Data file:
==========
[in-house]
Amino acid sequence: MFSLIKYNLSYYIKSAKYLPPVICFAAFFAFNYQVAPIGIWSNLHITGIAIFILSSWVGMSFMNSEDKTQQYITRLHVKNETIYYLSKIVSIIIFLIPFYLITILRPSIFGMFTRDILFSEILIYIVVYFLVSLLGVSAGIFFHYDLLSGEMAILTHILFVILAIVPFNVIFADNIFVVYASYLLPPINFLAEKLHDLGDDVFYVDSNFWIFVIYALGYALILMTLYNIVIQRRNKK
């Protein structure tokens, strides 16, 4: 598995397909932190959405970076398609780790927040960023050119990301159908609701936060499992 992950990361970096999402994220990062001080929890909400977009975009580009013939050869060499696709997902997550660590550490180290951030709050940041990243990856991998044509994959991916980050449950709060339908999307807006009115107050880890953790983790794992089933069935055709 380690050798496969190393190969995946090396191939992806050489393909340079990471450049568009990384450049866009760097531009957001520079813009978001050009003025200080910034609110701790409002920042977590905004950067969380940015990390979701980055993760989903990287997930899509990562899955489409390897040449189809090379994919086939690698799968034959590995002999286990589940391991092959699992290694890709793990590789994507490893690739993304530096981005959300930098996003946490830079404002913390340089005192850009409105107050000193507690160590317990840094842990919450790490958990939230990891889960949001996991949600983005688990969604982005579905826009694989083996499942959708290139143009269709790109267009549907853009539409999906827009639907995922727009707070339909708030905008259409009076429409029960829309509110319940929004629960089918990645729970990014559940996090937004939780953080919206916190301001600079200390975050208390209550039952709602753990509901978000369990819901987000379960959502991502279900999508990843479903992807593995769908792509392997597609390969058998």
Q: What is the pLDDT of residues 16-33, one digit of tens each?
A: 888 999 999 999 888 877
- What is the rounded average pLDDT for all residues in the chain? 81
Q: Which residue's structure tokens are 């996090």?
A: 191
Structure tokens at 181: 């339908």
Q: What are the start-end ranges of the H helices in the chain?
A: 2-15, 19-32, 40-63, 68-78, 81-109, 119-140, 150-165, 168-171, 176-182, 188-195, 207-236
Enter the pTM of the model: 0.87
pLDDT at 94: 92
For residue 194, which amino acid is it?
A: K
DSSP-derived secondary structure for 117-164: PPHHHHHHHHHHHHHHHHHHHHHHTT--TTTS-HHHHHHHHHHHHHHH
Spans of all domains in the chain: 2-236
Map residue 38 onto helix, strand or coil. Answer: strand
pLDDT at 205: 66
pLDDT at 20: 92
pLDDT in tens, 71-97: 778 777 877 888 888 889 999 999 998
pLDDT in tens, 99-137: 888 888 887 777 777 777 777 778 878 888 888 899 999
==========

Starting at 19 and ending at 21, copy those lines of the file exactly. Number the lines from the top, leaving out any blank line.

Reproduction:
pLDDT at 205: 66
pLDDT at 20: 92
pLDDT in tens, 71-97: 778 777 877 888 888 889 999 999 998